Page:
End of Conventional Political Parties

The year conventional political wisdom was turned upside down

Shred the political playbook. The 2016 campaign will be remembered as the year in which the conventional wisdom was anything but wise. Most political pundits have been wrong. And almost every assumption about presidential campaigns since the birth of modern politics in 1960, with the first televised debate and widespread use of TV advertising, has been debunked. Our political catechism has been upended. Consider the following:


Blaming Elites For The Rise Of Populism

Whether it’s Donald Trump or the Brexit movement, the rise of populism has helped crystalize the fact that there are two kinds of elites: those who like to bash populists for being foolish, and those who like to bash other elites for failing to give populists enough of what they want.

While anti-elites love to sneer at elites for being blinded by class-bias and detachment, I’d gently suggest they ask themselves if their own love of bashing their fellow elites represents it’s own kind of blinding bias. This is made pretty clear in the amount of fun they are having in their anti-elitism. And while I enjoy bashing populism, I also can’t deny having used the anti-elitism complaint against a certain breed of Republicanism that has held tax cuts as the be-all-end-all solution for 30 years now.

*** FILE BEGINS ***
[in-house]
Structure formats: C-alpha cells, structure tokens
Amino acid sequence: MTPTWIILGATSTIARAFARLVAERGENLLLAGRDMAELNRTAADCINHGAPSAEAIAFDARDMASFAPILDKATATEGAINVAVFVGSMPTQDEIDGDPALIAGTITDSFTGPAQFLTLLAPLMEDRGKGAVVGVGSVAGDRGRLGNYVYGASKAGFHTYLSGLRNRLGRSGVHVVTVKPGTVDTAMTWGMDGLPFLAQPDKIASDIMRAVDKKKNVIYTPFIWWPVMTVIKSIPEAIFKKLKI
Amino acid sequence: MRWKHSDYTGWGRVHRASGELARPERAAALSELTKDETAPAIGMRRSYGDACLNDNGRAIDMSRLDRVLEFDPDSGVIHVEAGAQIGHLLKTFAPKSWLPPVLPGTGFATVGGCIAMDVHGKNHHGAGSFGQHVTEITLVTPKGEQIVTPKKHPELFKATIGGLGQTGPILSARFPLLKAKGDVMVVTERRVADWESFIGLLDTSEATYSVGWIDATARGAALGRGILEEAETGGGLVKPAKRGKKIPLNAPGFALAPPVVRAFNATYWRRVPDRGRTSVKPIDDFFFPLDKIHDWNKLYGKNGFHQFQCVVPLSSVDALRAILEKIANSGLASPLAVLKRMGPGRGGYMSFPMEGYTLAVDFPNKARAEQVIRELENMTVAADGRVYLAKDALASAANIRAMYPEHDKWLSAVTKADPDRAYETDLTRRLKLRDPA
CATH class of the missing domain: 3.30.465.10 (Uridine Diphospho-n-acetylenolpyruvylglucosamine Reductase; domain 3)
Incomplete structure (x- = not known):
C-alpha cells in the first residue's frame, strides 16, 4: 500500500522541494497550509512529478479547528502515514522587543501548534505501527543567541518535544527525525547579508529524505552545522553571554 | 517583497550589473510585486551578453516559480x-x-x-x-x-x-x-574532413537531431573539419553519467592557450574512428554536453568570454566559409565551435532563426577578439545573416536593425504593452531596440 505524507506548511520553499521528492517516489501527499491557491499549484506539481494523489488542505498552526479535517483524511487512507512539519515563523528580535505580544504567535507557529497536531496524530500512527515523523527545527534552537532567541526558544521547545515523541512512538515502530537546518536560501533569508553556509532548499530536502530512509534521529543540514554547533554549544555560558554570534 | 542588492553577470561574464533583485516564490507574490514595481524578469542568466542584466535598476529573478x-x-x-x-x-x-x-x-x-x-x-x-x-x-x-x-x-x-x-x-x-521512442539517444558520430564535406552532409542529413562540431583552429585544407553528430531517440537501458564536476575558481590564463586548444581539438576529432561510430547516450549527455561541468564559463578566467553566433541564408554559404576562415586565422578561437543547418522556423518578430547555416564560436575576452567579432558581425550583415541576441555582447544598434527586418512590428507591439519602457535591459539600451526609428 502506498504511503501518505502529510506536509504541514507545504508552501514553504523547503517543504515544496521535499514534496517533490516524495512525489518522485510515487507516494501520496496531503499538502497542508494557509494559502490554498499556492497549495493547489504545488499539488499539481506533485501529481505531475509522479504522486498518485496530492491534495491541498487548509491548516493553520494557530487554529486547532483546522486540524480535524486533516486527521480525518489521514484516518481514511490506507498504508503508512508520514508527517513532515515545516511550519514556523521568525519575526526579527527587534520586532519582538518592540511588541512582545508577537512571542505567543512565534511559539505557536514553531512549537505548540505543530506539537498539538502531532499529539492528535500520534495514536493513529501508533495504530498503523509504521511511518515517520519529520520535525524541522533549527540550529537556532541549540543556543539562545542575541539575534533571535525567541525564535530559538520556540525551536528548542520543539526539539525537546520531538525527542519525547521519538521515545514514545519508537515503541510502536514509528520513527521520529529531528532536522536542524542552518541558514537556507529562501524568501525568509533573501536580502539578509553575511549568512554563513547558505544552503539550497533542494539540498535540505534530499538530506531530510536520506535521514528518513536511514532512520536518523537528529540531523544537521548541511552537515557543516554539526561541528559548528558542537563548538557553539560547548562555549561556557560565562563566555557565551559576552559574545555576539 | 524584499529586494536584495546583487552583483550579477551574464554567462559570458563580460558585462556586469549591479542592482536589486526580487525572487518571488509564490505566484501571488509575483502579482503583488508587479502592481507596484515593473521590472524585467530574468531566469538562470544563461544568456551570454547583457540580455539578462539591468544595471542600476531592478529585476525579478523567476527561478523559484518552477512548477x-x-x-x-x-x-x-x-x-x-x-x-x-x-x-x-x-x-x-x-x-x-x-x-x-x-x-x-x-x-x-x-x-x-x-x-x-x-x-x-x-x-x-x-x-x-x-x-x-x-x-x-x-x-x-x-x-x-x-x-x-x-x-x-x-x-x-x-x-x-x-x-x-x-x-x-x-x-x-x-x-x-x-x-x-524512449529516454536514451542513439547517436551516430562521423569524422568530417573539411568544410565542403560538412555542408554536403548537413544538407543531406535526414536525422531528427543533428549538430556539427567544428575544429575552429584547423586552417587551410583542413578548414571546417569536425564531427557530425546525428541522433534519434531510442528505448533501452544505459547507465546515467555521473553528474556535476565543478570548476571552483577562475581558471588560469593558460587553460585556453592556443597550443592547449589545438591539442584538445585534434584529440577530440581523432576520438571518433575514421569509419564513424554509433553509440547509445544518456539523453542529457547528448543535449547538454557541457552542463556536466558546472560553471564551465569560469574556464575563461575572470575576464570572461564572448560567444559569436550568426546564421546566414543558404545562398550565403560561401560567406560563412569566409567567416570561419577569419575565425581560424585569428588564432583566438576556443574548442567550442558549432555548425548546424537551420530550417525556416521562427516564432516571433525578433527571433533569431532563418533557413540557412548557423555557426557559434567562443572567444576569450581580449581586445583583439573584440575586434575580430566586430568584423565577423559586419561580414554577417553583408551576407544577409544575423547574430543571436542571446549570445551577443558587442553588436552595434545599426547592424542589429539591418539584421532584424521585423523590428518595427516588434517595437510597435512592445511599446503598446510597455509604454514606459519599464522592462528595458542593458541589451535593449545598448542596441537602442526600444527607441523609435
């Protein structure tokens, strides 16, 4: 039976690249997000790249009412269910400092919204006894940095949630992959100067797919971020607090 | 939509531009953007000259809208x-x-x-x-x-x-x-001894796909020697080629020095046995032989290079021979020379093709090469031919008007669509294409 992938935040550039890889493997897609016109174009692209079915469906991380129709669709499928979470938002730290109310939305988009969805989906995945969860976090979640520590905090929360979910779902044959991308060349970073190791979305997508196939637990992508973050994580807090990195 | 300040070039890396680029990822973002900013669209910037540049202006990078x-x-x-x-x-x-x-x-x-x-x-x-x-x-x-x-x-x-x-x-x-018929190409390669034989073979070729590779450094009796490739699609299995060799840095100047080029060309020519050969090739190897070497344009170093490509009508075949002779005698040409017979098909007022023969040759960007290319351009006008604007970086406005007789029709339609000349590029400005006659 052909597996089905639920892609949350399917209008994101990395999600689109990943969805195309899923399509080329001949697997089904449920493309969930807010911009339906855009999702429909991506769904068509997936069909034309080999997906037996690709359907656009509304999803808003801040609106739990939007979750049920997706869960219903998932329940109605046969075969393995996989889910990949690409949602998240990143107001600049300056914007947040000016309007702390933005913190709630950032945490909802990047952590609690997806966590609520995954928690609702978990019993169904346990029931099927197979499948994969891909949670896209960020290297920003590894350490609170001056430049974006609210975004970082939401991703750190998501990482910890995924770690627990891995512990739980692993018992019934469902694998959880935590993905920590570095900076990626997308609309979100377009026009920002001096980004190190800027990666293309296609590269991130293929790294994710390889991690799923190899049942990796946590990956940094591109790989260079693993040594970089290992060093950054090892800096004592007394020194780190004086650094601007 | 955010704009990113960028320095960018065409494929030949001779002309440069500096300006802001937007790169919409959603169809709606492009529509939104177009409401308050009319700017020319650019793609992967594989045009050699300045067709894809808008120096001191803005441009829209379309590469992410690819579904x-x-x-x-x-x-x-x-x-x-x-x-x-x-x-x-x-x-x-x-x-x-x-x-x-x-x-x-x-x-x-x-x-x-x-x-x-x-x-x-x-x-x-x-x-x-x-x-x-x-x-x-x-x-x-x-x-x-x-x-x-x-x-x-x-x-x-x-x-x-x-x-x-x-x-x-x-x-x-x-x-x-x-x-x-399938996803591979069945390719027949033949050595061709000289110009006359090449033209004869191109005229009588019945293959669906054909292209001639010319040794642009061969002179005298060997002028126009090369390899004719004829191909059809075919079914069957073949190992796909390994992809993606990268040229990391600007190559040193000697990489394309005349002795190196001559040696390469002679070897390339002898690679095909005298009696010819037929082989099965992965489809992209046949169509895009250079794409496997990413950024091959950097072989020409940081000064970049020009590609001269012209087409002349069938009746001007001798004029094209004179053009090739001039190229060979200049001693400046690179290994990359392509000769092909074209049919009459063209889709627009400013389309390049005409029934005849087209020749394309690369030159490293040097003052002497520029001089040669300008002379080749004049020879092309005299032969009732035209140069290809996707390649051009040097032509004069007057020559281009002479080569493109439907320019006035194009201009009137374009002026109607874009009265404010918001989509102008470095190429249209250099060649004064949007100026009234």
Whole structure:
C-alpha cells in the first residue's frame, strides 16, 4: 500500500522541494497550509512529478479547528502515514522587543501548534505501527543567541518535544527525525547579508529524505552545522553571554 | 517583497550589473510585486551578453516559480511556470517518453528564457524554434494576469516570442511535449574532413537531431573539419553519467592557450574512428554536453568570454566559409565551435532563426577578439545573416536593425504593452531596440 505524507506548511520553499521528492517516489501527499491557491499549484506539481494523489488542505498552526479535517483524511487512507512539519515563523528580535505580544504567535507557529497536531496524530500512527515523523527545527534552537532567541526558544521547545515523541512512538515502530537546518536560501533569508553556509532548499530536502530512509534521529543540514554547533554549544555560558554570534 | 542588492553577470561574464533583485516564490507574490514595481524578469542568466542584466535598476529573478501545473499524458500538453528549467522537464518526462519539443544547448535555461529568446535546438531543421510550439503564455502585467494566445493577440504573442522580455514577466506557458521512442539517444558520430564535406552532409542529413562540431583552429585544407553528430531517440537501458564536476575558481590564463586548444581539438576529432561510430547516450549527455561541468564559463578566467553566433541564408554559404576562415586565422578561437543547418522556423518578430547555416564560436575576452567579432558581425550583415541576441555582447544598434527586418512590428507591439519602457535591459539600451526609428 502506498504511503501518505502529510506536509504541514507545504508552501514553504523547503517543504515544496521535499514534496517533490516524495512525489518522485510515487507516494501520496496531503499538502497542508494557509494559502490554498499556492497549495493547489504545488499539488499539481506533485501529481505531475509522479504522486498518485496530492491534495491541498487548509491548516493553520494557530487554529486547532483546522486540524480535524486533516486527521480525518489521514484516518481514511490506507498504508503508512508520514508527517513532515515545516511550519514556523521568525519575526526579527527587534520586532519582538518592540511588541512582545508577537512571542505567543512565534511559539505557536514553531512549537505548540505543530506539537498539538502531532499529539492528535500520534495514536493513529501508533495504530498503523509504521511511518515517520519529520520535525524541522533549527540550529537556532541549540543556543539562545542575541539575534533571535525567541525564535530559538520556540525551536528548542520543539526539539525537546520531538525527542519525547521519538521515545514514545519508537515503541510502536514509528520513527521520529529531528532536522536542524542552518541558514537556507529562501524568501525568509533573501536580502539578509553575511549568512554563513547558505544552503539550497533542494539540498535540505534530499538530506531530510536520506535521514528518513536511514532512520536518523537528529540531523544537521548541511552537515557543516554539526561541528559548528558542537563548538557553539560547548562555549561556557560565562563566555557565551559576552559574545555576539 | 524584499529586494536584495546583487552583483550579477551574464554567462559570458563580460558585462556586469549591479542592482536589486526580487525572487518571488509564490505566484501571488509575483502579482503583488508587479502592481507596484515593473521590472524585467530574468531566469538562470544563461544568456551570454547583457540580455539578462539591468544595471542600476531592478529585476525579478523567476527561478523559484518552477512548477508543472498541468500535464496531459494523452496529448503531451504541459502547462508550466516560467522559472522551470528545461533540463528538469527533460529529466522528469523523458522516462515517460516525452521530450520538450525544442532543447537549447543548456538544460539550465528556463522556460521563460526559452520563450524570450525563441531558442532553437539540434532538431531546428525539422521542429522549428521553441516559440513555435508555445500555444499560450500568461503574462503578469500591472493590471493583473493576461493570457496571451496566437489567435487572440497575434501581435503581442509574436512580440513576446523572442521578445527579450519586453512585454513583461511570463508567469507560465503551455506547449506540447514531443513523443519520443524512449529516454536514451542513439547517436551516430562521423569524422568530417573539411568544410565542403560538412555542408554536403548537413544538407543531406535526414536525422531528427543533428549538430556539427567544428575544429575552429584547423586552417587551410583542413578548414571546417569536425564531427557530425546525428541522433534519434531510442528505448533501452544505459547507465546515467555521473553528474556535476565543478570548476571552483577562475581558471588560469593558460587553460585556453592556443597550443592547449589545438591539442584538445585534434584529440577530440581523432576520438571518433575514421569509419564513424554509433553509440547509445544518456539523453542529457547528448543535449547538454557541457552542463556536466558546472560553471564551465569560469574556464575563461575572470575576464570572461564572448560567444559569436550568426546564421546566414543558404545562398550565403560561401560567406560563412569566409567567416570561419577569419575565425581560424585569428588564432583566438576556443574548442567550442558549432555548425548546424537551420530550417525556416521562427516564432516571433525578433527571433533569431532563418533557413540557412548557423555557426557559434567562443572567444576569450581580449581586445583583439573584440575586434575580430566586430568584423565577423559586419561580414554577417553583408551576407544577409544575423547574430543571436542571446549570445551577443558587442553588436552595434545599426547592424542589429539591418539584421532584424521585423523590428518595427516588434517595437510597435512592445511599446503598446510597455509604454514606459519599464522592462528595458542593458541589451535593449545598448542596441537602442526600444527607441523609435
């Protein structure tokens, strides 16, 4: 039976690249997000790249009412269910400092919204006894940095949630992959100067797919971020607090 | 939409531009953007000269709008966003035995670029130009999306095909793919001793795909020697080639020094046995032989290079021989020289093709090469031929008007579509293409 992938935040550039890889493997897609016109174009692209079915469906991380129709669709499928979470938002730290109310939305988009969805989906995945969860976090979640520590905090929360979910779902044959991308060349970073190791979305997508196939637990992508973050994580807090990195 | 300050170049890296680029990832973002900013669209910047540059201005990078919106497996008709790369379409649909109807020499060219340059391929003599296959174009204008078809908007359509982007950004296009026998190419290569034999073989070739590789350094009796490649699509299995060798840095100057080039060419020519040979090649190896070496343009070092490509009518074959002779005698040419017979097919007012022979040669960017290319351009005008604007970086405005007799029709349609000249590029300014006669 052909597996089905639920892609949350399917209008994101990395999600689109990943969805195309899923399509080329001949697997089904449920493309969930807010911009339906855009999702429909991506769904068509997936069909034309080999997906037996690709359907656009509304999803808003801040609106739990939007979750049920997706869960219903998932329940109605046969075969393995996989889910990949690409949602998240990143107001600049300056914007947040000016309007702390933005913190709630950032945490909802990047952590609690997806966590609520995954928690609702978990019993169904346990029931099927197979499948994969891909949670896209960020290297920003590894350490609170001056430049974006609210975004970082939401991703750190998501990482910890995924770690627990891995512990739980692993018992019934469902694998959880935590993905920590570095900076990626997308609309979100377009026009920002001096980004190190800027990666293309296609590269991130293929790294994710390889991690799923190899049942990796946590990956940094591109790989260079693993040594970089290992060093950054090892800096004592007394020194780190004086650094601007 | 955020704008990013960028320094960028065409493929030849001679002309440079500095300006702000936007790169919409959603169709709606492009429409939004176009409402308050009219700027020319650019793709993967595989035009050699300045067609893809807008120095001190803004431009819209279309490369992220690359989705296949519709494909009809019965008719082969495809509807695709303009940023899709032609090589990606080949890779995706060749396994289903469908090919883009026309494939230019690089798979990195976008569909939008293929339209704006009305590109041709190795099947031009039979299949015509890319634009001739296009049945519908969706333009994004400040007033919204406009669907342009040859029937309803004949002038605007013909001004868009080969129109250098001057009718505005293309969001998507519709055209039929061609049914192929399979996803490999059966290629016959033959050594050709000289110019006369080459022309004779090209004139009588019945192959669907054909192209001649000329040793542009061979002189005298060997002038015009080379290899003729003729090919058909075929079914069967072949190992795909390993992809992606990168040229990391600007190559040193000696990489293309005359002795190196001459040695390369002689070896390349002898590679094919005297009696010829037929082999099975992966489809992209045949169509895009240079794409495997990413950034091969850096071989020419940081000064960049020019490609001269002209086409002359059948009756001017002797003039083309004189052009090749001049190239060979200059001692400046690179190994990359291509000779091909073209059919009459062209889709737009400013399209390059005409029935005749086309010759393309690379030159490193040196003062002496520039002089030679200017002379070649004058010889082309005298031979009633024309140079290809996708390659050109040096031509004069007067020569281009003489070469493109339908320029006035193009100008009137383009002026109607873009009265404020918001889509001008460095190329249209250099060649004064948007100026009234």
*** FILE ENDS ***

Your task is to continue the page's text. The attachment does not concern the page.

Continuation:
What’s interesting is that the anti-elite elites don’t seem to have policy preferences that differ that greatly from other elites, and everybody basically thinks status quo needs changing in one way or another. And I don’t think points based skilled immigration systems and relocation vouchers aren’t what most anti-immigration protesters have in mind.


It’s not just Trump. Authoritarian populism is rising

Many American commentators have had trouble understanding the rise of Donald Trump. How could such a figure surge to become the most likely standard-bearer for the GOP – much less have any chance of entering the White House?

But Trump is far from unique. As many commentators have noted, he fits the wave of authoritarian populists whose support has swelled in many Western democracies.

The graph below from ParlGov data illustrates the surge in the share of the vote for populist authoritarian parliamentary parties (defined as rated 8.0 or above by experts on left-right scales) across 34 OECD countries.


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